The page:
[Air-l] Facebook protests/last.fm
nbaym at ku.edu
Thu Sep 7 13:56:59 PDT 2006
I too love what last.fm is doing, that's why it frustrates me no end to see them drop this ball. I understand that they are young and that they are computer scientists. To their credit, they've engaged in discussion about these issues that I've raised through that site. I know that they are aware that their communication with users could be better, though I'm not sure they're aware that their understandings of them could be improved. I don't know their business model, but I can't believe that any business founded on users voluntarily giving over tons of data and getting personally invested in its site would not function best with systematic study of its users (especially prior to implimenting big changes) and continuous proactive systematic communication with users. Yes -- their users will socially shape the baby they dreamed up in their dorm room, and they need to understand what's going on that they did not envision or control and how to make the most of it. Another thought on that is that it is very reminiscent of fandom dynamics where fans are so into a text and then a character gets killed off and they're furious that this happened to THEIR story. But I think it's more significant in this context where social networks are becoming technologically-dependent.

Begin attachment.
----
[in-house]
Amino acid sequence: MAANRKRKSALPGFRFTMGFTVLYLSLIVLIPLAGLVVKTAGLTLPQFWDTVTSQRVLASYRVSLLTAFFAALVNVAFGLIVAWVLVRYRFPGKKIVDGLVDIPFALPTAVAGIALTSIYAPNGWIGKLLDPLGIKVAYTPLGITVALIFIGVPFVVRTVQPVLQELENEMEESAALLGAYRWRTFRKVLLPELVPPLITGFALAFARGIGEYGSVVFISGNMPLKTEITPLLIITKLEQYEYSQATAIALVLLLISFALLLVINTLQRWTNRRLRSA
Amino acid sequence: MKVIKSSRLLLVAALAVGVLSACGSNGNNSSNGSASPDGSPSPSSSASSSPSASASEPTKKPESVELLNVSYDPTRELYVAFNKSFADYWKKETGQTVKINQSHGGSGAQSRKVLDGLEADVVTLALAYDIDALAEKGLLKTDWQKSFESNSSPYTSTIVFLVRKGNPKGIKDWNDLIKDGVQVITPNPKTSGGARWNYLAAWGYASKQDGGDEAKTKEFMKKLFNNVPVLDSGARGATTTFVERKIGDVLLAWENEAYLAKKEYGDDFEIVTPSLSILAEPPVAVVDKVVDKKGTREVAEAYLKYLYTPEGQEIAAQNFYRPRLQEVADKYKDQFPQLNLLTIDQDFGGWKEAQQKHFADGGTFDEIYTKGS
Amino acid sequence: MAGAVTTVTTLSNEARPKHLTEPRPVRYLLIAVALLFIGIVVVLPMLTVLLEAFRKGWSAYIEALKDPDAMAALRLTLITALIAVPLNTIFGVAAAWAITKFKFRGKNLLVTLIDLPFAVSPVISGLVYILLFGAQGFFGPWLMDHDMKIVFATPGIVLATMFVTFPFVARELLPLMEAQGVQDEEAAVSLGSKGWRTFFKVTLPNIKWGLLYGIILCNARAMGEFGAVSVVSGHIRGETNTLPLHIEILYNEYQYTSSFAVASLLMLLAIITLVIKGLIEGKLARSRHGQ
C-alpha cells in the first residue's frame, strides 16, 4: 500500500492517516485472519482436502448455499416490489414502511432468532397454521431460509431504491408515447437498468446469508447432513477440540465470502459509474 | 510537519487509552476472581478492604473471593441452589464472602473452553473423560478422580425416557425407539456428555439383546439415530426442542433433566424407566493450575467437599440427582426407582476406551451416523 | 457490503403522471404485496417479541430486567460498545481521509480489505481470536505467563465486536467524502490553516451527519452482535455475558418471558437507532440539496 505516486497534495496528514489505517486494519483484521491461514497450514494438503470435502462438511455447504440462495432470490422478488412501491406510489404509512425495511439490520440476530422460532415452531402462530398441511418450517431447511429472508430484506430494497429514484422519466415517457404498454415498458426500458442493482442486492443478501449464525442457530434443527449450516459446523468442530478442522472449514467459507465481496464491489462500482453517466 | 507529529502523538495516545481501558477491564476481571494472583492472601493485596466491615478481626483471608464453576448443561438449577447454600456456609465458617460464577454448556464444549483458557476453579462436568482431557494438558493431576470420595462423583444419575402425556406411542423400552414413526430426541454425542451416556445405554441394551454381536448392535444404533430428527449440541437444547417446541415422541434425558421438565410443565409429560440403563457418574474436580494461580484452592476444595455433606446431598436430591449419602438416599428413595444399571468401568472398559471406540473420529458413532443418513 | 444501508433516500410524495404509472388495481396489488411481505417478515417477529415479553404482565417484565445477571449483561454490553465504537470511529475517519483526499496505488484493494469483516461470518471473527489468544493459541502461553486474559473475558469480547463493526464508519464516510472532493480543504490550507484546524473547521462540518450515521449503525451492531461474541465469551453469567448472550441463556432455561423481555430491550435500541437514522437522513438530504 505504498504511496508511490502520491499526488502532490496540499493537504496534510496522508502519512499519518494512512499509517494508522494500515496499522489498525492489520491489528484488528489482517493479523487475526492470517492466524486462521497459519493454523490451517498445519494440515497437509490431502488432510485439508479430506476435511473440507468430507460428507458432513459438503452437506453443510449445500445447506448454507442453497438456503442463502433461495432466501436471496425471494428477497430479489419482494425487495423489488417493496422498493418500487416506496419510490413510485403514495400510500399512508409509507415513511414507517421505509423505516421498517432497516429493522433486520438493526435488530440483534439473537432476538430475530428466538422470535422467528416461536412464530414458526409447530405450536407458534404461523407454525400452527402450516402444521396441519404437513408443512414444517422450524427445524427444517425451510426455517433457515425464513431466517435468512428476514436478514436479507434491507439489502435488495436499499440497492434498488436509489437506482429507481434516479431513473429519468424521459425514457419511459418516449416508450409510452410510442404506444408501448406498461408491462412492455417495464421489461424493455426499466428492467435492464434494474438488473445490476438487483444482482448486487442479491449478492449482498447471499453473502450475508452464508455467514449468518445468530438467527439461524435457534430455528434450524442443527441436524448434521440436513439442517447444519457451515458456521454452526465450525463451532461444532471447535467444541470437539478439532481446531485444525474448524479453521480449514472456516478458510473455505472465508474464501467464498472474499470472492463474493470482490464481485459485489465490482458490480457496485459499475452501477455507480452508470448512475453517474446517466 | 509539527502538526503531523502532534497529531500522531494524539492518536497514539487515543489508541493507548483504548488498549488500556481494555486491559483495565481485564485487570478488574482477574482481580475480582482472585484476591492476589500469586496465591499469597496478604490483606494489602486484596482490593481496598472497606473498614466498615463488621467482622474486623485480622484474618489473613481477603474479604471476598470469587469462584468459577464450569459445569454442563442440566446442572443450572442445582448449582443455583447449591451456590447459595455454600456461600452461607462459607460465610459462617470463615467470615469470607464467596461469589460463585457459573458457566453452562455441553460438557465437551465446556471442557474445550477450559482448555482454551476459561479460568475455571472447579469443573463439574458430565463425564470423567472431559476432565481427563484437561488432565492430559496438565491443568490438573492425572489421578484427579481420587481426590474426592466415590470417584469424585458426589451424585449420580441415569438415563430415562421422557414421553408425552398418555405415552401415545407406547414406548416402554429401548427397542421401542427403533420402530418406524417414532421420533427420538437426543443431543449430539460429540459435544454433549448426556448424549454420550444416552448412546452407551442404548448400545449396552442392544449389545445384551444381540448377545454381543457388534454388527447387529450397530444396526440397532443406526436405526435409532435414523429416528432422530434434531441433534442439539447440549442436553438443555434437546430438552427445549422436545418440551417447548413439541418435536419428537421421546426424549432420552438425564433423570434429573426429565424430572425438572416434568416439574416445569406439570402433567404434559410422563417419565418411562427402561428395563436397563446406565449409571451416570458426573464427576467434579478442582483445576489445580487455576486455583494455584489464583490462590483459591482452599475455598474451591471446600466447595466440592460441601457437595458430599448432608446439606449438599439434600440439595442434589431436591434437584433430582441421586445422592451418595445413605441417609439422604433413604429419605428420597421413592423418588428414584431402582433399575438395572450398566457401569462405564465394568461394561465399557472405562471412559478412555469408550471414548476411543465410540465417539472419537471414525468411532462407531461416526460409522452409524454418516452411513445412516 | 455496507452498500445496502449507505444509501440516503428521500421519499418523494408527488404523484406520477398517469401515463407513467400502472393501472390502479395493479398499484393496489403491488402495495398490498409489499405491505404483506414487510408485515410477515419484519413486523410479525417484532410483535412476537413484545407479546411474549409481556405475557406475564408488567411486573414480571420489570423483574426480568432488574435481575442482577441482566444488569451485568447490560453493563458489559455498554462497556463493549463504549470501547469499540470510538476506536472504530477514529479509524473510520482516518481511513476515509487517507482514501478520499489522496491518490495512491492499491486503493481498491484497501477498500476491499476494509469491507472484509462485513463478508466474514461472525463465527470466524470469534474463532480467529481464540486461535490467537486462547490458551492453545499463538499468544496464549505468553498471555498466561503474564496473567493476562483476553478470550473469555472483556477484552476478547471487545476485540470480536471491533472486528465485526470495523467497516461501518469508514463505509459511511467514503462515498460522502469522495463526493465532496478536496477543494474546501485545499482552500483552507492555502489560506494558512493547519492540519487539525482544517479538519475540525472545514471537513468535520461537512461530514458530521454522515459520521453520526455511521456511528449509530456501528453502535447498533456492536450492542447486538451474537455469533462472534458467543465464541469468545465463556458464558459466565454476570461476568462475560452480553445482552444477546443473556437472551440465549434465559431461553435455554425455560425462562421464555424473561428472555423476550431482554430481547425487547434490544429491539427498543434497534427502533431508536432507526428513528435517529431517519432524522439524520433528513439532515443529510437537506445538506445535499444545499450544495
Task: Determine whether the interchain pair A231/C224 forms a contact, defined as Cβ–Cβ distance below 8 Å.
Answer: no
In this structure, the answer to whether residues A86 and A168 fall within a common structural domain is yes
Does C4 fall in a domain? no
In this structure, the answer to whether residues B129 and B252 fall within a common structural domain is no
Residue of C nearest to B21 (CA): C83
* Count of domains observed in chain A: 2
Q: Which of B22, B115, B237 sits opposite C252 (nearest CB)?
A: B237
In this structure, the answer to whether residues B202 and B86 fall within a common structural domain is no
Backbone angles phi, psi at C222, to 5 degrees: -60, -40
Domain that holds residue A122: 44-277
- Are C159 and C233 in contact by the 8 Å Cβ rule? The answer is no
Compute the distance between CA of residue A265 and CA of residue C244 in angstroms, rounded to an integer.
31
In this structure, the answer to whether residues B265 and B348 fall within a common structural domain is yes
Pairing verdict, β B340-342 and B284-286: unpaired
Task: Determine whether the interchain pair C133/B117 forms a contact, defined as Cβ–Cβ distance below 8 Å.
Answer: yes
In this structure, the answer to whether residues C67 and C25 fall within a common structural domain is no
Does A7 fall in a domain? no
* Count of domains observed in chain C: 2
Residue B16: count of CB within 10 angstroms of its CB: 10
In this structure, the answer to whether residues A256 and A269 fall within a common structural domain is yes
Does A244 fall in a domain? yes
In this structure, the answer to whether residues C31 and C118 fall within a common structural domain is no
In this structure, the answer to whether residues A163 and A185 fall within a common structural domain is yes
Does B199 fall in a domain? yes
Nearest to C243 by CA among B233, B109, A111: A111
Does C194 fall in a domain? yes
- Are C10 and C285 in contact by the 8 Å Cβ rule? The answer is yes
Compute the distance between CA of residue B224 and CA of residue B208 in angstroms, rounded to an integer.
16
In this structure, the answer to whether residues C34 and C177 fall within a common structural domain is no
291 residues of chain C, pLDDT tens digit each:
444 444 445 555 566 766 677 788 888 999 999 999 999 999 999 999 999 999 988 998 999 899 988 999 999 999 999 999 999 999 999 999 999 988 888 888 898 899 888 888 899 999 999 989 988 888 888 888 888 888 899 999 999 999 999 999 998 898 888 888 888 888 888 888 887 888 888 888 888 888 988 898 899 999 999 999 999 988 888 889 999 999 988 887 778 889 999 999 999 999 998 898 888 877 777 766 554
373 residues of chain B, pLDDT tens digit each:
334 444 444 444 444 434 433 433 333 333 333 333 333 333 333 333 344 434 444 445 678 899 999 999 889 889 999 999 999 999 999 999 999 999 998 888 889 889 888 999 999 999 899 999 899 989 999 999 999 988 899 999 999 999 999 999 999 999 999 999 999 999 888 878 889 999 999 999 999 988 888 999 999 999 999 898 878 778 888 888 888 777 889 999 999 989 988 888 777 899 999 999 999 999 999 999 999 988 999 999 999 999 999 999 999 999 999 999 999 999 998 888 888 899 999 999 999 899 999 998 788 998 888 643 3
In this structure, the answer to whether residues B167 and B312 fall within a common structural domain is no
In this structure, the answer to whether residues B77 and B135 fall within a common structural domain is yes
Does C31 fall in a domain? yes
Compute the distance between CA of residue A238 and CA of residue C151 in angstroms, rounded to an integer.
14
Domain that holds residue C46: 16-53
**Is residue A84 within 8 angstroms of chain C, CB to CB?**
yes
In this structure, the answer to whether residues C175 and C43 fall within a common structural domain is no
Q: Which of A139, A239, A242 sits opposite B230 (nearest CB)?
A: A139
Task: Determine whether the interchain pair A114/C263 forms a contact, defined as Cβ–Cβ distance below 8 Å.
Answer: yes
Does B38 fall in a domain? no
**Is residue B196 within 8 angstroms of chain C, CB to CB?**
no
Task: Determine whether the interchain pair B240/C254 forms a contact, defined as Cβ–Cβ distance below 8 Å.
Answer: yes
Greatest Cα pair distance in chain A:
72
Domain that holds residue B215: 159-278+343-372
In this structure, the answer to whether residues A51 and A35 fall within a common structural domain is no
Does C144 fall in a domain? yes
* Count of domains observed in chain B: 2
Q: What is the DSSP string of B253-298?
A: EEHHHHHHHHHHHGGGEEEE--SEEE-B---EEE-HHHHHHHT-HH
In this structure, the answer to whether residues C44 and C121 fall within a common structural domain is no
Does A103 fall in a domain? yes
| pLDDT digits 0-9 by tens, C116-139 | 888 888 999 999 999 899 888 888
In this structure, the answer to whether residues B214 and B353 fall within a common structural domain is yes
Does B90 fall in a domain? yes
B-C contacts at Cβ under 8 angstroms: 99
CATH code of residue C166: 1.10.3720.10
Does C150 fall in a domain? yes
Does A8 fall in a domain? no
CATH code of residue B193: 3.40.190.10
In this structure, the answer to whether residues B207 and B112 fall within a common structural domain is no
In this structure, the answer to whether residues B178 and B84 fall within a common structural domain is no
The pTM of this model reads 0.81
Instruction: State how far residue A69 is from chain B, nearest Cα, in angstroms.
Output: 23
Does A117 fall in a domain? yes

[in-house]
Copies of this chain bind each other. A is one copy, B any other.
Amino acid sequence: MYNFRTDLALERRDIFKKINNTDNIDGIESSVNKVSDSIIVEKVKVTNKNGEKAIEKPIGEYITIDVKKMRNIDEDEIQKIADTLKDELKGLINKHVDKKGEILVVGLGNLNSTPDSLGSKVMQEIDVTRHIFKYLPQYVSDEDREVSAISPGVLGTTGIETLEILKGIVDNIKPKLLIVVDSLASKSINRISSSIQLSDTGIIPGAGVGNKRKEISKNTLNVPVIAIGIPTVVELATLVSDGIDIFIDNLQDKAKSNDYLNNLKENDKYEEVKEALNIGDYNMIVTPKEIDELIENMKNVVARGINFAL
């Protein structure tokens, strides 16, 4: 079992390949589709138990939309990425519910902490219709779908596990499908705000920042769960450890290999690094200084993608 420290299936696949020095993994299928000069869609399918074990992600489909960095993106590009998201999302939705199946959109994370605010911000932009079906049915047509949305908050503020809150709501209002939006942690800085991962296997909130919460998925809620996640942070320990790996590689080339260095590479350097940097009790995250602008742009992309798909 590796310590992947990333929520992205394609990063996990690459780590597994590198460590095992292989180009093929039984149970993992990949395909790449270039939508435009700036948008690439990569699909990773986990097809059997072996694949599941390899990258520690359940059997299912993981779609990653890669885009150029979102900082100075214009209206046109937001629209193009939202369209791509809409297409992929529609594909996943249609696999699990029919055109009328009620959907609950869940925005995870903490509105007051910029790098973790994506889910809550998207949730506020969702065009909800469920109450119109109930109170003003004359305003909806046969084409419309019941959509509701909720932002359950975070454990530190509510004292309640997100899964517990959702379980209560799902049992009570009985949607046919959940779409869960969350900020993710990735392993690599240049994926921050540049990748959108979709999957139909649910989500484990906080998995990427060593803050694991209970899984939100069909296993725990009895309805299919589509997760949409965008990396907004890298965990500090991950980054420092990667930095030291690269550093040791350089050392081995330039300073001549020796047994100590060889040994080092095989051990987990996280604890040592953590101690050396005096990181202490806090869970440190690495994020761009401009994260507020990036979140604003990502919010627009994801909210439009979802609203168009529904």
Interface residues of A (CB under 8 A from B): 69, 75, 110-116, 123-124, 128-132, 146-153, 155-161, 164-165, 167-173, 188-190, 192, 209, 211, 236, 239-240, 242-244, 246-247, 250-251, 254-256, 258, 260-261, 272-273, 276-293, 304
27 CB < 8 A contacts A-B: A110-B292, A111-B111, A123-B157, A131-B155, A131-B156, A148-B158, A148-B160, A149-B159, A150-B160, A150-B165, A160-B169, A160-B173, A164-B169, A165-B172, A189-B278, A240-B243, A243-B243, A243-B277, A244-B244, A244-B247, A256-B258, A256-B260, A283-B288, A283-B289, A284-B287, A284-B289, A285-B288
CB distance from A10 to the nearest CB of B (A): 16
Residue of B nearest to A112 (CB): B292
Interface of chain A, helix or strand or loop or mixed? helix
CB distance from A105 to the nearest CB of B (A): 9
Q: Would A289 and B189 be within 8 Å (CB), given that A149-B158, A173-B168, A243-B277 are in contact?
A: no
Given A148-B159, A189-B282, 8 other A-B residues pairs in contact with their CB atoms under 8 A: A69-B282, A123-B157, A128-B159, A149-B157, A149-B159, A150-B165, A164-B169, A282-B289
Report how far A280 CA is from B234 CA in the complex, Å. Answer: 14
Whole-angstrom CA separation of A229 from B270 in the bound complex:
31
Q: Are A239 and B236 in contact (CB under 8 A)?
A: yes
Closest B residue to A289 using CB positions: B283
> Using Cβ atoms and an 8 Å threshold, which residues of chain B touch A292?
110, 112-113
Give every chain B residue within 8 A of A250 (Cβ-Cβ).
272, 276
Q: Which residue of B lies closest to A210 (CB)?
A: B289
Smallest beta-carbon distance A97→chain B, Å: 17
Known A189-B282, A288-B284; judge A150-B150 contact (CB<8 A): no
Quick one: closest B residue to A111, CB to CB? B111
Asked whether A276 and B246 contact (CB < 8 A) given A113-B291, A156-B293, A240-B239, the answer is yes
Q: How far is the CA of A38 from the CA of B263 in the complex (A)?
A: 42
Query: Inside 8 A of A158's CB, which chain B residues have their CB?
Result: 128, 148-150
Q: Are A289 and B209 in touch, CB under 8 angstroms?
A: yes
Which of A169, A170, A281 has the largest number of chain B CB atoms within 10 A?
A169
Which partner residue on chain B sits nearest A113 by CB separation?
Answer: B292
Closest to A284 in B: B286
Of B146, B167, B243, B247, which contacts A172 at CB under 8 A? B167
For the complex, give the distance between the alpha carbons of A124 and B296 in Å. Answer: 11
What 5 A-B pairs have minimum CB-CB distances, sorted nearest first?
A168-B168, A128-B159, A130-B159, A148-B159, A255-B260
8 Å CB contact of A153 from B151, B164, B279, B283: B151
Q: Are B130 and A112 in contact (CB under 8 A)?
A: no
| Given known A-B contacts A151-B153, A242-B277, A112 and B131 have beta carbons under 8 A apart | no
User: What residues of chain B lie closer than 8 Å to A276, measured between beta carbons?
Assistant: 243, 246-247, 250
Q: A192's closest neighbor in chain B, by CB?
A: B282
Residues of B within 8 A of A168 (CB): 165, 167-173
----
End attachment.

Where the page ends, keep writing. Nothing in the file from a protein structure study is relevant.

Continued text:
Short version: I believe last.fm would make more money with social scientists/people who specialize in communicating with users on staff and am sad that I've failed so far in my efforts to convince them that it is an investment in the best interest of their long-term financial well being rather than a cost they are too small to afford.
For the interested, my critique of last.fm's communication shortcomings with respones from their developers (and primary communicators) is here:
> Date: Thu Sep 07 10:04:40 CDT 2006
> From: "Martin Garthwaite" <marting at gmail.com>
> Subject: Re: [Air-l] Facebook protests
> To: air-l at listserv.aoir.org
>... I have
> had a meeting with last.fm guys. Not surprisingly the CTO is very young as
> are most of his team, they developed the idea whilst at university. We
> absolutely love what they are doing!
> So they are computer scientists, not social scientists. This is a very
> important distinction, what you have described is a classic example of
> unintended consequences / social shaping of technology. These guys only
> have their perspective through which to try and understand what it is their
> users want, but they are not social scientists. If only they and other
> social networking sites had a trained social scientist on staff!
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